My work Color TV, Queen Beds,
Exotik Dreams is about facing our own cultural heritage—through the world
of Hungarian motels built during the regime change— and my personal self-definition.
Around 1989, the
Hungarian nation experienced enormous political, economic and social change
and, as a result, the whole nation experienced being in an in-between space, a
liminal space: they had to grow up to handle problems never lived through
before their generation. People experienced euphoria and excitement alongside
fear and anxiety at the same time, as they did not know what the future might
hold. Their escapism materialized as exotic dreams about Western trends,
wealth, life and opportunities they might encounter. These special motels
that I photographed genuinely preserve the atmosphere of the transformation
from socialism into a democratic states’ unique era.
During the last year, something began to change
in my life. I started to feel different, uncertain about my future, questioning
things I was confident in before. I felt as if I lost the ground I stood on and
was stuck between two doors—I did not know how to exit. Unexpectedly, I started
to feel a strong relation and connection to those motels which I have been
collecting and documenting for years. Their history and my uprootedness
resonated: hopefulness and fearfulness was within me and the rooms at the same
The strong Eastern European tacky style of these
places made me feel at home. Their cheap and DIY solutions, all the colors,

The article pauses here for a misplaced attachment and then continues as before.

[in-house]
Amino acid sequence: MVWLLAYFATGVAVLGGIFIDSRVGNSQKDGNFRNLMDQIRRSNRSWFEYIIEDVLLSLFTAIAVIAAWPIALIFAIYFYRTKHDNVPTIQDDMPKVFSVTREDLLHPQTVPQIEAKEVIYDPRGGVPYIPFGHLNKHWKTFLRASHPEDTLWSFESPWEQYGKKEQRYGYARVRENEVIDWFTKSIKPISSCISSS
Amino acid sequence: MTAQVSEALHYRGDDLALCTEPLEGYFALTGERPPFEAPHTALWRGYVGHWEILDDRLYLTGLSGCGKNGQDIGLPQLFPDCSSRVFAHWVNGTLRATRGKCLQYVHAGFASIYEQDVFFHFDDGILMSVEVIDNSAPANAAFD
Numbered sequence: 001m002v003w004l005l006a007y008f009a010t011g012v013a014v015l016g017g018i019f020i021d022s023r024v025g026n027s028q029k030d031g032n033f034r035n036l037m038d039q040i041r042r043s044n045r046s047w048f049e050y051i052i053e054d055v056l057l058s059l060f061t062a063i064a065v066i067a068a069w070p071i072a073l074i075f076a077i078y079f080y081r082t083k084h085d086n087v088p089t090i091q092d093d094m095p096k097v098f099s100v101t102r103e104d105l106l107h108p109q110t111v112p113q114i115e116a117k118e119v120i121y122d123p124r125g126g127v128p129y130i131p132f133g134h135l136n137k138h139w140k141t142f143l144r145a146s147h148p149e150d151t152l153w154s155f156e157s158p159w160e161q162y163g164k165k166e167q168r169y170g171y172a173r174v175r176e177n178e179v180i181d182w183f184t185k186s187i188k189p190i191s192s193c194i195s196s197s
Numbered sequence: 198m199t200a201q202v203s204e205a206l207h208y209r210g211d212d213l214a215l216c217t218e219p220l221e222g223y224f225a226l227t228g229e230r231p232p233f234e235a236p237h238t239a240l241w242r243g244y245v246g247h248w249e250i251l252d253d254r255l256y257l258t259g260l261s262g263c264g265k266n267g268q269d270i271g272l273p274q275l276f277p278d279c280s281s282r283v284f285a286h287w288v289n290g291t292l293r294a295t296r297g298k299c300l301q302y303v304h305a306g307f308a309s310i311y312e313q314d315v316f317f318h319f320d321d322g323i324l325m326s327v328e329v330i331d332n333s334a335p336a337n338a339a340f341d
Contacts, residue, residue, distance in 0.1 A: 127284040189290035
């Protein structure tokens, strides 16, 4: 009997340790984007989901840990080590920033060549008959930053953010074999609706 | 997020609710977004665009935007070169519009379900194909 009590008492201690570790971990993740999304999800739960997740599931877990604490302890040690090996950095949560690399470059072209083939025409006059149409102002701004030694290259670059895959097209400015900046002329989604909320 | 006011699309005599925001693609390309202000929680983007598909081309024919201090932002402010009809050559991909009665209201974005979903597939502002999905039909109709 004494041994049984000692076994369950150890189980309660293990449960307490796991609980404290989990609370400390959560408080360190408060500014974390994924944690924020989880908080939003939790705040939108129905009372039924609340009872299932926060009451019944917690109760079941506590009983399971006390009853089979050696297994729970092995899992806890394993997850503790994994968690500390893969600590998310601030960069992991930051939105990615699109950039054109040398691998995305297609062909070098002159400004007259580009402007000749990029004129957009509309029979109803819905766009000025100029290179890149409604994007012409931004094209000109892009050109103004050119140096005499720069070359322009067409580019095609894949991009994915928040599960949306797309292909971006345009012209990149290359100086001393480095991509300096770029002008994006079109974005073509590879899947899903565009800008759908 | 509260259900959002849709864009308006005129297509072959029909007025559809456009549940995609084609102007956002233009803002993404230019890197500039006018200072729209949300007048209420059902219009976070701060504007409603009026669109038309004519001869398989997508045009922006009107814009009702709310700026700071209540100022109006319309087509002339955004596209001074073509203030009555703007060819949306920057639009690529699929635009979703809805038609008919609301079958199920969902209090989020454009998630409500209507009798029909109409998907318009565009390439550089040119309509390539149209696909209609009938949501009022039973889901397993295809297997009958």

materials and patterns—their desire to achieve a modern and luxurious
look—reminded me of my roots, my childhood, all my weaknesses and strengths.
The hotels also represented our traditions and visual culture. It made me think
how the ‘American Dream’ is never going to happen, and how I will never be a
Western girl with natural confidence. On the other hand, I have also realized
the beauty in our collective melancholy, in our unbroken ingenuity, in our
bitter humor. How can all the despised and tacky things become so loveable? How
can we face them and forge strength out of them?
These special motels, which reflect the regime
change, helped me deal with emotions and situations I never felt before, and
they created the mental space I needed in order to understand a little bit
better the times we live in; making this project was about relearning,
redefining and accepting where we as people come from and where we are heading.